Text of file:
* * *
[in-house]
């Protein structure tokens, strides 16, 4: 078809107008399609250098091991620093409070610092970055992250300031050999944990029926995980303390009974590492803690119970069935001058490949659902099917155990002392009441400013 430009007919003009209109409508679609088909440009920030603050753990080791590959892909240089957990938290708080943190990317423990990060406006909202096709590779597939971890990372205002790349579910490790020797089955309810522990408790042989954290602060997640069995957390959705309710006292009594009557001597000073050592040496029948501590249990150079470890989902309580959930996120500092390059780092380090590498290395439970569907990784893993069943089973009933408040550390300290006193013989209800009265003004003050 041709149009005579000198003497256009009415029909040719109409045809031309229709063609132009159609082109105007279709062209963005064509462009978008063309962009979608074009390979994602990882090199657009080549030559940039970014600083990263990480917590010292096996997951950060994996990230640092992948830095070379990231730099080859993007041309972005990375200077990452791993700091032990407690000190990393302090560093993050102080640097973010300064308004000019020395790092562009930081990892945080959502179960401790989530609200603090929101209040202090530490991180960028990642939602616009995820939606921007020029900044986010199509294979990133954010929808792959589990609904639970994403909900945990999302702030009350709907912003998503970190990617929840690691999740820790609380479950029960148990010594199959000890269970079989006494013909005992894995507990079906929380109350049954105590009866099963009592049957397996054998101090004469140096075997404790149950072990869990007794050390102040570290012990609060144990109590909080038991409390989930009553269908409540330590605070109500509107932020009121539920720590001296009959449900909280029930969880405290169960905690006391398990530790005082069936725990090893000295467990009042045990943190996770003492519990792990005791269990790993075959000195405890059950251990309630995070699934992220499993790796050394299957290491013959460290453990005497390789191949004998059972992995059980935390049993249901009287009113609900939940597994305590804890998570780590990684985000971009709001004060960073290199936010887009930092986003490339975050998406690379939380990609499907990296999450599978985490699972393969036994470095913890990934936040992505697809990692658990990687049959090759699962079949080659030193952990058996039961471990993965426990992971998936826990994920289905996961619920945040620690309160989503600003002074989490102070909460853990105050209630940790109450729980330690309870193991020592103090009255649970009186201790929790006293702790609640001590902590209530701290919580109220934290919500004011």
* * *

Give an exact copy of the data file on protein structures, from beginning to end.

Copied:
[in-house]
């Protein structure tokens, strides 16, 4: 078809107008399609250098091991620093409070610092970055992250300031050999944990029926995980303390009974590492803690119970069935001058490949659902099917155990002392009441400013 430009007919003009209109409508679609088909440009920030603050753990080791590959892909240089957990938290708080943190990317423990990060406006909202096709590779597939971890990372205002790349579910490790020797089955309810522990408790042989954290602060997640069995957390959705309710006292009594009557001597000073050592040496029948501590249990150079470890989902309580959930996120500092390059780092380090590498290395439970569907990784893993069943089973009933408040550390300290006193013989209800009265003004003050 041709149009005579000198003497256009009415029909040719109409045809031309229709063609132009159609082109105007279709062209963005064509462009978008063309962009979608074009390979994602990882090199657009080549030559940039970014600083990263990480917590010292096996997951950060994996990230640092992948830095070379990231730099080859993007041309972005990375200077990452791993700091032990407690000190990393302090560093993050102080640097973010300064308004000019020395790092562009930081990892945080959502179960401790989530609200603090929101209040202090530490991180960028990642939602616009995820939606921007020029900044986010199509294979990133954010929808792959589990609904639970994403909900945990999302702030009350709907912003998503970190990617929840690691999740820790609380479950029960148990010594199959000890269970079989006494013909005992894995507990079906929380109350049954105590009866099963009592049957397996054998101090004469140096075997404790149950072990869990007794050390102040570290012990609060144990109590909080038991409390989930009553269908409540330590605070109500509107932020009121539920720590001296009959449900909280029930969880405290169960905690006391398990530790005082069936725990090893000295467990009042045990943190996770003492519990792990005791269990790993075959000195405890059950251990309630995070699934992220499993790796050394299957290491013959460290453990005497390789191949004998059972992995059980935390049993249901009287009113609900939940597994305590804890998570780590990684985000971009709001004060960073290199936010887009930092986003490339975050998406690379939380990609499907990296999450599978985490699972393969036994470095913890990934936040992505697809990692658990990687049959090759699962079949080659030193952990058996039961471990993965426990992971998936826990994920289905996961619920945040620690309160989503600003002074989490102070909460853990105050209630940790109450729980330690309870193991020592103090009255649970009186201790929790006293702790609640001590902590209530701290919580109220934290919500004011």